The role of journalists – in recording events, in presenting facts, in building opinions – is here to stay. That is not to say, journalism is not under siege. It is – from men and women in military suits, from men and women in business suits, and from men and women who write computer codes.
Moreover, attacks on the press do not only come from the government or goons hired by drug lords, or religious zealots who warn of hellfire and damnation. The threat to journalism also comes from the purveyors of fake news, the troll armies, and the technology companies which have reaped the rewards of the Internet.
There’s a new documentary called “Active Measures”. It argues that the testbed of Russia’s involvement in the 2016 US election was initially the Ukraine election in 2004, and later in Estonia and Georgia.
The premise of this Russian clandestine operation is simple – instead of sending tanks, you undermine democracies.
If people are divided as a nation, they cannot protect themselves. The aim is to promote the extremists on both sides so that politics become more polarised. They will then plant a lie, and it will take on a life of its own – they don’t have to do the propagating, social media will do it for them.
Imagine, if they can be successful in undermining democracy in the world’s most powerful nation, you can be sure that every demigod around the world will want to do the same.
So we must fight this new threat to democracies everywhere. In the short term, we will need to investigate and expose such “active measures”, if any, in our countries.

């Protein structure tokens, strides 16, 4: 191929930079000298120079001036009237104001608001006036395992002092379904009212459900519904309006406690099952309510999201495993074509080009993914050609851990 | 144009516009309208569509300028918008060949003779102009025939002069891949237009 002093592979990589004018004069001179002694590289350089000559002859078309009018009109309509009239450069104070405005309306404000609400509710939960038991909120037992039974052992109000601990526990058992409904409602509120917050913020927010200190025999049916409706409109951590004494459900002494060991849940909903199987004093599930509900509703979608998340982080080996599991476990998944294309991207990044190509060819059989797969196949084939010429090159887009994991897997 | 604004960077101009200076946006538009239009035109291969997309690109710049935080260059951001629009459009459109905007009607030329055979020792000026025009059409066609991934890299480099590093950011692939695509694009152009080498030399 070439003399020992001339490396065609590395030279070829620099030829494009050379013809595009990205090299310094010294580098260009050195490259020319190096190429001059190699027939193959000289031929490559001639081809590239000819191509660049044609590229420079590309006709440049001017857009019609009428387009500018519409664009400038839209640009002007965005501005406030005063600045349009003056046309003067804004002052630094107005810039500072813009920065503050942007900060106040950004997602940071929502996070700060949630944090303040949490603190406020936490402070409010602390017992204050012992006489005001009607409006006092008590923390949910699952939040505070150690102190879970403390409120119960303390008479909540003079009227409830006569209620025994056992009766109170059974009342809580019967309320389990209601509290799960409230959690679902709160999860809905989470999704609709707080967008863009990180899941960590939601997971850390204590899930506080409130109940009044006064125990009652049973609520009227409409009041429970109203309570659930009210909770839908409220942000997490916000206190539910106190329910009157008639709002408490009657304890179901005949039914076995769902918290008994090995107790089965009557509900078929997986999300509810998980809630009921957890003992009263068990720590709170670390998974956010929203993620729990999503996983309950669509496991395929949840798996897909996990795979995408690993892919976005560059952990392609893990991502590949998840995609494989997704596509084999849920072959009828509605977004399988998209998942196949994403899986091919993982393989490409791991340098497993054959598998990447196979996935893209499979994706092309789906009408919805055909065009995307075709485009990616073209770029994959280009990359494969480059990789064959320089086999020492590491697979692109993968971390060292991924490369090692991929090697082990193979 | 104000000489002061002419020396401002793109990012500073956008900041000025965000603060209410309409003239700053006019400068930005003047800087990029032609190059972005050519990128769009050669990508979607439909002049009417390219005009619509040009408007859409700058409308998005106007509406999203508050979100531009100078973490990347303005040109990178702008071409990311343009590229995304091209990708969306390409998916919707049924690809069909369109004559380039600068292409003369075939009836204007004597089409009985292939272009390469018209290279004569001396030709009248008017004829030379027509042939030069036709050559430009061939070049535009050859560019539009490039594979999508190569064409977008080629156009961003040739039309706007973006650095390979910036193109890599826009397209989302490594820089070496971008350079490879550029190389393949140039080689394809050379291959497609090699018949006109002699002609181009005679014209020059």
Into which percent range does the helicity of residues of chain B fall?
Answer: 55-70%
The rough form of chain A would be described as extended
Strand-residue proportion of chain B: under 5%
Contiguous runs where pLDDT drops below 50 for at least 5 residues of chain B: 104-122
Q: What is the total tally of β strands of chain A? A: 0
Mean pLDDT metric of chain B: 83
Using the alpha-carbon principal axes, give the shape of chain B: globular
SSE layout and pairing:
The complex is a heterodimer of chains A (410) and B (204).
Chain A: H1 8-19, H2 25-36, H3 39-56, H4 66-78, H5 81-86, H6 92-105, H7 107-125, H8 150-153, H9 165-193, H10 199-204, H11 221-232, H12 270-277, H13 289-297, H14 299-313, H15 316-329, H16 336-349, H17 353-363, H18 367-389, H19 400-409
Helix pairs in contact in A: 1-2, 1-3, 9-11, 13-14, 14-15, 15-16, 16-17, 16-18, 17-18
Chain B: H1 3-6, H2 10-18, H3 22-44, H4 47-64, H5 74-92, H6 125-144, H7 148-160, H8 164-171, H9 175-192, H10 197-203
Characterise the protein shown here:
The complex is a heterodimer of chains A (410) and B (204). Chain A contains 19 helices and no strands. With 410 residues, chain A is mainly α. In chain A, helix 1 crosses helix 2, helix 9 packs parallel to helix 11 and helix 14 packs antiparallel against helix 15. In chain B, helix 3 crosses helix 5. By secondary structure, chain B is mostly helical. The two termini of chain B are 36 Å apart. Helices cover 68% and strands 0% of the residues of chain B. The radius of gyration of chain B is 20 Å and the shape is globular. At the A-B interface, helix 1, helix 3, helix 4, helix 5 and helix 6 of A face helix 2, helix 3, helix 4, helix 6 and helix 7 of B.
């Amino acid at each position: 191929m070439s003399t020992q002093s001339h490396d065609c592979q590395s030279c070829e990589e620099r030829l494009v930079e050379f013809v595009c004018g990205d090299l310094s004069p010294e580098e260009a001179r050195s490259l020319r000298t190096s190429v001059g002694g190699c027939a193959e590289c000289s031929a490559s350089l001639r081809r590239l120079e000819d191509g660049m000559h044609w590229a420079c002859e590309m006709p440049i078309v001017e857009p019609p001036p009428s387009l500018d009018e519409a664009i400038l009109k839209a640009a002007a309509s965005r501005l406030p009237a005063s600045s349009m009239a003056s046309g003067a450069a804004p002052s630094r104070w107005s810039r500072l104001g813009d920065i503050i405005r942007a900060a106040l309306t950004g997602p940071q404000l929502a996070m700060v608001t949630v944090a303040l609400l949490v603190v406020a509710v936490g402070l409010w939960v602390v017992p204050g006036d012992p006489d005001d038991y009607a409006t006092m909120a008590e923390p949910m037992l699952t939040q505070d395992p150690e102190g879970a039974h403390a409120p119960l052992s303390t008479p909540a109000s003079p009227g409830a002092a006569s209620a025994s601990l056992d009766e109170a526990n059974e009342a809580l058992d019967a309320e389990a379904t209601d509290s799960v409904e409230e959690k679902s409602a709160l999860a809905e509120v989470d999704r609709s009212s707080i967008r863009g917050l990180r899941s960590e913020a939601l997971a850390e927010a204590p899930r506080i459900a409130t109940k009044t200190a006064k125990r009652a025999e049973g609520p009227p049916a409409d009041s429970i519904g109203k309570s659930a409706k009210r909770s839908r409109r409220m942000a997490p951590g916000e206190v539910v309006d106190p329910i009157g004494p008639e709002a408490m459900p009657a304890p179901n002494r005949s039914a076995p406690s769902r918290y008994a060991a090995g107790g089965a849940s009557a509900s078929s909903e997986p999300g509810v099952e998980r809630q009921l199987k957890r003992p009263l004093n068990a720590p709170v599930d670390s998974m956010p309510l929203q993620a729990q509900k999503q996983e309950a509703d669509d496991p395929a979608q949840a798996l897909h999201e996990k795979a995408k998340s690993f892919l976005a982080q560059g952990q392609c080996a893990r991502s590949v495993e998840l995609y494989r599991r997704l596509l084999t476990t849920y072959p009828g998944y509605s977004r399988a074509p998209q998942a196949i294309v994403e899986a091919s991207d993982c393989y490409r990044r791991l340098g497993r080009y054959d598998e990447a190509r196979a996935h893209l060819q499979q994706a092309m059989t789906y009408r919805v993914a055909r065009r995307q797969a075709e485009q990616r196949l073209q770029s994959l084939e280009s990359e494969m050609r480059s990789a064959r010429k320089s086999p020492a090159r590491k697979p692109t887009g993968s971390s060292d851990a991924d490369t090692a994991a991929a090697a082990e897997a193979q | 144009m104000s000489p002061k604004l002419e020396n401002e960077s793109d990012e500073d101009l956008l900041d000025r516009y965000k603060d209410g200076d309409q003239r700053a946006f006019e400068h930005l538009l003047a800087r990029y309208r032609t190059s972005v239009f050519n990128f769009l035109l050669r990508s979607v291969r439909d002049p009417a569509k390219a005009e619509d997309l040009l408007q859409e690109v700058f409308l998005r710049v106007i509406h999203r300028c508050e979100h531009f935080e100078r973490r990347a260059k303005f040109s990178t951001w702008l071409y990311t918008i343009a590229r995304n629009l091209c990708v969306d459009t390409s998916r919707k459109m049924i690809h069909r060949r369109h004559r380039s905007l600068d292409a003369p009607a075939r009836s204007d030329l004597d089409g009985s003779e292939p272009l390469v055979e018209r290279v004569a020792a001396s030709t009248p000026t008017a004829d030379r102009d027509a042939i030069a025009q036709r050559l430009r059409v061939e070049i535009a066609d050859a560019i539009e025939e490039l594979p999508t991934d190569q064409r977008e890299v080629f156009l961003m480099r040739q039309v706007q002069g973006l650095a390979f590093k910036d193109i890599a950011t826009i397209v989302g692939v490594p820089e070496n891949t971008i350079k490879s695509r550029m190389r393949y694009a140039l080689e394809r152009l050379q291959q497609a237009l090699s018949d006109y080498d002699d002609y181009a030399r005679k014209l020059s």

We also will need to get press freedom groups – Reporters San Frontiers, Committee to Protect Journalists, and others – to work together to bring Facebook, WhatsApp and the like to account. They must be forced to take responsibility to ensure their platforms are not exploited by anti-democratic forces.
And in the long term, we will have to play a role to improve media literacy – in the mass media, at home and in our schools.
Indeed, for the first time in a long while, we – journalists around the world-have an issue which concerns all of us; north and south, east and west.
We must defend journalism. We must ensure that the role of journalists – in recording events, in presenting facts, in building opinions – is here to stay. After all, we need credible sources of news, where information is factual, trustworthy and accurate.
We need journalism – in whatever form – because democracy is about voters making an informed choice at the ballot box.
A losing battle?
I know at times it appears we are fighting a losing battle. I felt the same way during the many years I was with Malaysiakini. But we did not give up. Eventually we helped bring down a corrupt and authoritarian government which had been in power since Malaysia won independence 60 years ago. Still, the struggle continues.
Believe me, journalism does make a difference – it can help bring change, it can help improve lives, it can help empower people.
There is a quote that I came across some years ago, and something that I have tried to live up to. It has served me well. I hope it will do the same for you. I hope that it will be your guide-as it has been mine – as you embark on your journey to contribute your little bit to change the world. It goes like this:
People are illogical, unreasonable and self-centred,
Love them anyway.
The good that you do today will be forgotten tomorrow,
Do good anyway.
What you spent years to build may be destroyed overnight,
Give the world your best, and they will kick you in the teeth,
Give the world your best anyway.